Event: Inaugural Lecture
Title:“Defending the Convent: Interactions between Soldiers and Nuns during the Thirty Years’ War in Germany”
Lecturer:Professor Beth Plummer, Susan C. Karant-Nunn Professor of Reformation and Early Modern European History, University of Arizona
Date and Time: Wednesday, March 28, 2018, 7:00 pm
Venue:UA Fred Fox School of Music, Holsclaw Hall
Information:Call (520) 626-5448
Lecture is free of charge and open to the public, Presented by: The University of Arizona, College of Social and Behavioral Sciences, Division for Late Medieval and Reformation Studies and Department of History
About the Lecture:
In 1630, Margarethe von Calenberg, the Lutheran abbess of Schildesche refused the demand from the bishop of Paderborn and 50 soldiers to hand over the convent’s keys, seals, and foundation documents. The soldiers responded by breaking down the convent doors, storming the choir to retrieve these items, and forcing all the nuns to convert to Catholicism. During the various wars of religion, troops plundered convents and monasteries as a regular part of their military tactics. The fear of being attacked led many nuns to flee to safer locations. Flight, however, was not a possibility for some convents. During the Thirty Years’ War, nuns living in mixed denominational convents refused to leave their houses, in part because invading troops used their forays to influence the religious beliefs of the nuns. At such moments, abbesses and nuns faced down soldiers to prevent the breach of the convent walls and forced conversions.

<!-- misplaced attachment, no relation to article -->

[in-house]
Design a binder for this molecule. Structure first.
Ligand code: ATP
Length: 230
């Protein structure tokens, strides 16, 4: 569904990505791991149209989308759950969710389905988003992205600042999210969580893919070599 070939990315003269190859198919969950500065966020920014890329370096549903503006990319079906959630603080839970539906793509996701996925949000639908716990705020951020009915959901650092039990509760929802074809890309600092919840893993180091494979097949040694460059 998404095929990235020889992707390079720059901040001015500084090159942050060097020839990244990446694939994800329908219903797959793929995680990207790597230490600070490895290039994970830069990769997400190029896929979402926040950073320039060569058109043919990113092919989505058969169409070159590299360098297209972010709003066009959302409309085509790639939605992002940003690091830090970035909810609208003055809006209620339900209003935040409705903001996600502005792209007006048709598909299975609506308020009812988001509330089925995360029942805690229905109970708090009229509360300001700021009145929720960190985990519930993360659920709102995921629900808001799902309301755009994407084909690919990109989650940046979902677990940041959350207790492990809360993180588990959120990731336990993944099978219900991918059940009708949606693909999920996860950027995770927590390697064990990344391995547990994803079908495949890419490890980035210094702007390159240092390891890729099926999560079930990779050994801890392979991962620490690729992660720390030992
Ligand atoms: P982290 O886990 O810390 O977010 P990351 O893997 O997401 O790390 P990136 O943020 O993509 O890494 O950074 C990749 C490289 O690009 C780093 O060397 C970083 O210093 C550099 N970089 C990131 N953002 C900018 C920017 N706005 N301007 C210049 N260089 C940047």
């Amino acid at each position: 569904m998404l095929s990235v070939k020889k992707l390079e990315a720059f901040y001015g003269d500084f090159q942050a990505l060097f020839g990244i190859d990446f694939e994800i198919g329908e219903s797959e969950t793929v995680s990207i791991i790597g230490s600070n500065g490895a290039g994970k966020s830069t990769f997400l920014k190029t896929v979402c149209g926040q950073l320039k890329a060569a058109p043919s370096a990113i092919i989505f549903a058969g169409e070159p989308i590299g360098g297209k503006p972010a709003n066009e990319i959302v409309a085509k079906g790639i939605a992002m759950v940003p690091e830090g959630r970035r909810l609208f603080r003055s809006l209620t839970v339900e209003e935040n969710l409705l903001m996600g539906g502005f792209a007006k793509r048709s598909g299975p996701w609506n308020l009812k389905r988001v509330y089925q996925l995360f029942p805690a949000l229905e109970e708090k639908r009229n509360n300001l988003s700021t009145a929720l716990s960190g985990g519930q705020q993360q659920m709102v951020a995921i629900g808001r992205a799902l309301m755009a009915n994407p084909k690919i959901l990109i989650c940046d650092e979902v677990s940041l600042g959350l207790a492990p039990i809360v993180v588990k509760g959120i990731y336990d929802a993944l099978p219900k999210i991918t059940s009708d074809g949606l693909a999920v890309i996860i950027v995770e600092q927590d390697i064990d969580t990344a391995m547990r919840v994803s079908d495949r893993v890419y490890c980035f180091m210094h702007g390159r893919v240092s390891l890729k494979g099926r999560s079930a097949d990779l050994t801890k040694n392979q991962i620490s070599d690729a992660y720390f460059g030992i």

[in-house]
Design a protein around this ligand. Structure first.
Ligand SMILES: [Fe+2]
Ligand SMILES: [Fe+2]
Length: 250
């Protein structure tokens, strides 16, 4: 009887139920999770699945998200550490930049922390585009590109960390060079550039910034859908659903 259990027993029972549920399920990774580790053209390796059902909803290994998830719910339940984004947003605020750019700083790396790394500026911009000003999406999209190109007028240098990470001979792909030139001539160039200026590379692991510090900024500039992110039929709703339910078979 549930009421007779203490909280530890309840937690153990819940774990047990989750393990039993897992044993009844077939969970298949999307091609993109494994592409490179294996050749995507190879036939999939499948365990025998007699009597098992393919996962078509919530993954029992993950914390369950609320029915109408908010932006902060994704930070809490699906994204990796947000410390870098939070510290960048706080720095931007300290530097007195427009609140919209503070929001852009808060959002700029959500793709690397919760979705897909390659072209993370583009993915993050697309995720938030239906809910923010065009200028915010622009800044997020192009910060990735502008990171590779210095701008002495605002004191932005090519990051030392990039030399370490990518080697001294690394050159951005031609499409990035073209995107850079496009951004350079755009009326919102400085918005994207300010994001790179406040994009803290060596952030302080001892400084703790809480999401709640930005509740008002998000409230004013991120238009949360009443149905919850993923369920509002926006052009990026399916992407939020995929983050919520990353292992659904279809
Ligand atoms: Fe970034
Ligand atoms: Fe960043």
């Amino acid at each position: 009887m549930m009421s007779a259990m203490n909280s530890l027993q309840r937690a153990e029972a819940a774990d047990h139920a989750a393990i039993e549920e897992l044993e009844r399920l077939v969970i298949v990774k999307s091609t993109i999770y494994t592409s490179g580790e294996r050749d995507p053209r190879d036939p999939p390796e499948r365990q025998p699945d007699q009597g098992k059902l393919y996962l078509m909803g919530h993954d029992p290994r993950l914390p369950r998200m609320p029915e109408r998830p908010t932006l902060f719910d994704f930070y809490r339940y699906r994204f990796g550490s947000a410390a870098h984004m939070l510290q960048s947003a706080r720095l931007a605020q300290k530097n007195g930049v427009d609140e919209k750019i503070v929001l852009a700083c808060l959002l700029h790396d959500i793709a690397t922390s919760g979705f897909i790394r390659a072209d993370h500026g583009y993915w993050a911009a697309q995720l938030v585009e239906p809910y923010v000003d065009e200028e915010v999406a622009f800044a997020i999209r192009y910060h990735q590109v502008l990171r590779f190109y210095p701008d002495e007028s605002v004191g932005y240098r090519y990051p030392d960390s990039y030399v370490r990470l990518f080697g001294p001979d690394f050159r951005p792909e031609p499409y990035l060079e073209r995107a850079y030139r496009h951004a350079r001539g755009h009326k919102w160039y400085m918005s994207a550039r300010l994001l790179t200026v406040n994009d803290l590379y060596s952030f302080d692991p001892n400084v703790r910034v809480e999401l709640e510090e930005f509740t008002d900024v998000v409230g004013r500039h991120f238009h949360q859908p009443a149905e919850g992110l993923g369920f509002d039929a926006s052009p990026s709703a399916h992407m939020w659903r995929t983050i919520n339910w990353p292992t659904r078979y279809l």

About the Speaker:
Professor Plummer is an expert on the German Reformation and Martin Luther, on confessional coexistence and toleration, and gender relations in early modern Germany. She is the author of the prize-winning book, From Priest’s Whore to Pastor’s Wife: Clerical Marriage and the Process of Reform in the Early German Reformation, and the co-editor of two volumes, most recently Archeologies of Confession: Writing the German Reformation, 1517-2017. She has written extensively on monastic marriage, concubinage, bigamy, historical memory, and Protestant nuns. Her current monograph project focuses on the experiences of nuns living in pluri-denominational convents in early modern Germany.